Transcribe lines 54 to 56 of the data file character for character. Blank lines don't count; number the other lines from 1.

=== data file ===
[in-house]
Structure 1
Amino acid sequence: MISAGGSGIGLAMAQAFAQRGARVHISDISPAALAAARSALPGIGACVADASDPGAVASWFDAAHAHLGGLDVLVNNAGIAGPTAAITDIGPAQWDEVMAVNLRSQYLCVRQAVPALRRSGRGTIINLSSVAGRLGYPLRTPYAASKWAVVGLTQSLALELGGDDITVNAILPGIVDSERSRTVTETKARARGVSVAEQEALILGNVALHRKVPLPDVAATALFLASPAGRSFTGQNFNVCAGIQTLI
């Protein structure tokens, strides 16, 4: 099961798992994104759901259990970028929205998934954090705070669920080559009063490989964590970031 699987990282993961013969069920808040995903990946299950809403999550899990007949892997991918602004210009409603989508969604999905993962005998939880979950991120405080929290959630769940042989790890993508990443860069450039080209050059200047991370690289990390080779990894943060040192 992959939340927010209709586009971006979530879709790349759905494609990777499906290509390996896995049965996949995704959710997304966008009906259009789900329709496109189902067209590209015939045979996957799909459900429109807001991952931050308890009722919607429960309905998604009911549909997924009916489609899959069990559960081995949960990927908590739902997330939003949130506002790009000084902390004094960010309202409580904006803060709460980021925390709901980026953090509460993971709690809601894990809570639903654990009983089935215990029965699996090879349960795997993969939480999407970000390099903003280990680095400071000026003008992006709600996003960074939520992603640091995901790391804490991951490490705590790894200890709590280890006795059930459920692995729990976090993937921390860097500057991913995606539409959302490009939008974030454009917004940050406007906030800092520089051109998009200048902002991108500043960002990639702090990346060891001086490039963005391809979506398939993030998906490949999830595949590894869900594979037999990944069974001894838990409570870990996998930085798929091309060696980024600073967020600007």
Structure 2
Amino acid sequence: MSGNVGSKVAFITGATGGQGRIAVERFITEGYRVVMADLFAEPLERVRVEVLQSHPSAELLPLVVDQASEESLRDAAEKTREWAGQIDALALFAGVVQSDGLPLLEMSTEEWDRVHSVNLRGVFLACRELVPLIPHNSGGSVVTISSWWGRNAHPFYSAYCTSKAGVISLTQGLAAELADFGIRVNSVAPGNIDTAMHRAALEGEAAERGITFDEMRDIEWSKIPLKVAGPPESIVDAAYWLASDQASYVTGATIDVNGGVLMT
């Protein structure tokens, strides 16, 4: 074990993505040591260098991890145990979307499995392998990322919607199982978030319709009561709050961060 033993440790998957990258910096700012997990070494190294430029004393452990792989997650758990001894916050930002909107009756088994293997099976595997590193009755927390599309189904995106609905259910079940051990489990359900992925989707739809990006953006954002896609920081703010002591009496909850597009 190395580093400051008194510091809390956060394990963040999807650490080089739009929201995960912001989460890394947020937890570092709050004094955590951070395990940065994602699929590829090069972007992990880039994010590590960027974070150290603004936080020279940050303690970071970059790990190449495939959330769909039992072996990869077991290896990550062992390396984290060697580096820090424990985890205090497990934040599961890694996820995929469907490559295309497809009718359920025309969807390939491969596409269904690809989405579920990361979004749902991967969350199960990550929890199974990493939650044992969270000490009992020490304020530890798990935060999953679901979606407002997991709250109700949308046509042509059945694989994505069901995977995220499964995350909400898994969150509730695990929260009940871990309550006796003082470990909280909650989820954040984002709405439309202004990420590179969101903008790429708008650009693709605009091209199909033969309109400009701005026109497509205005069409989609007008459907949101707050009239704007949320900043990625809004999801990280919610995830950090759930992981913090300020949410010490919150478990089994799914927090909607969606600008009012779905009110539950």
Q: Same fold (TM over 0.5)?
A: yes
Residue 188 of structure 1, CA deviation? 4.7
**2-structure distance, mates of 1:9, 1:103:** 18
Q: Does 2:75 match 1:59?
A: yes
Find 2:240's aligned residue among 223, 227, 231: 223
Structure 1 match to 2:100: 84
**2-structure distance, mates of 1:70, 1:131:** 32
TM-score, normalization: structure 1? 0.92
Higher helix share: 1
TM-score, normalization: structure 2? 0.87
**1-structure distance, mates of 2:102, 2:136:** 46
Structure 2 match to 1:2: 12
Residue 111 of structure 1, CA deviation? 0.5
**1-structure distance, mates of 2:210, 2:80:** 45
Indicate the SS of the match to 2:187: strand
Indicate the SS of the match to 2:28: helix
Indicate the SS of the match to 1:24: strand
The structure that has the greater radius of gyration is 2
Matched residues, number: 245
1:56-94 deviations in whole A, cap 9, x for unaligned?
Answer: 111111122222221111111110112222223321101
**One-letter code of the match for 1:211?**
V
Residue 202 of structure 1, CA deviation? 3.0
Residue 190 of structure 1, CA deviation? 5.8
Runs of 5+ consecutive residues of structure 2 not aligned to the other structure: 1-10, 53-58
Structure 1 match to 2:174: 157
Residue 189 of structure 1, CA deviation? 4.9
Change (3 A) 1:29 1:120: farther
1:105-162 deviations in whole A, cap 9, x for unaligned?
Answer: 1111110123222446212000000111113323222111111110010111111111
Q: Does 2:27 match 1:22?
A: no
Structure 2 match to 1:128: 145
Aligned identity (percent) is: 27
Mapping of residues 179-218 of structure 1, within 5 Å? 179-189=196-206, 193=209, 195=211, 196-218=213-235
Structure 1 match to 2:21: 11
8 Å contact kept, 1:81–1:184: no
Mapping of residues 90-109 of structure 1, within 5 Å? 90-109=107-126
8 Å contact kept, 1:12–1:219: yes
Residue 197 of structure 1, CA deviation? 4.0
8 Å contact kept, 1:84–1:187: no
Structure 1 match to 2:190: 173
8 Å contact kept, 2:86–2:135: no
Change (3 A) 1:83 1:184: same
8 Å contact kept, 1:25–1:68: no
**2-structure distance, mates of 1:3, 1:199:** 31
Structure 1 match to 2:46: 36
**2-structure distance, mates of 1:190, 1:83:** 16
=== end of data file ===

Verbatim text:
Change (3 A) 1:83 1:184: same
8 Å contact kept, 1:25–1:68: no
**2-structure distance, mates of 1:3, 1:199:** 31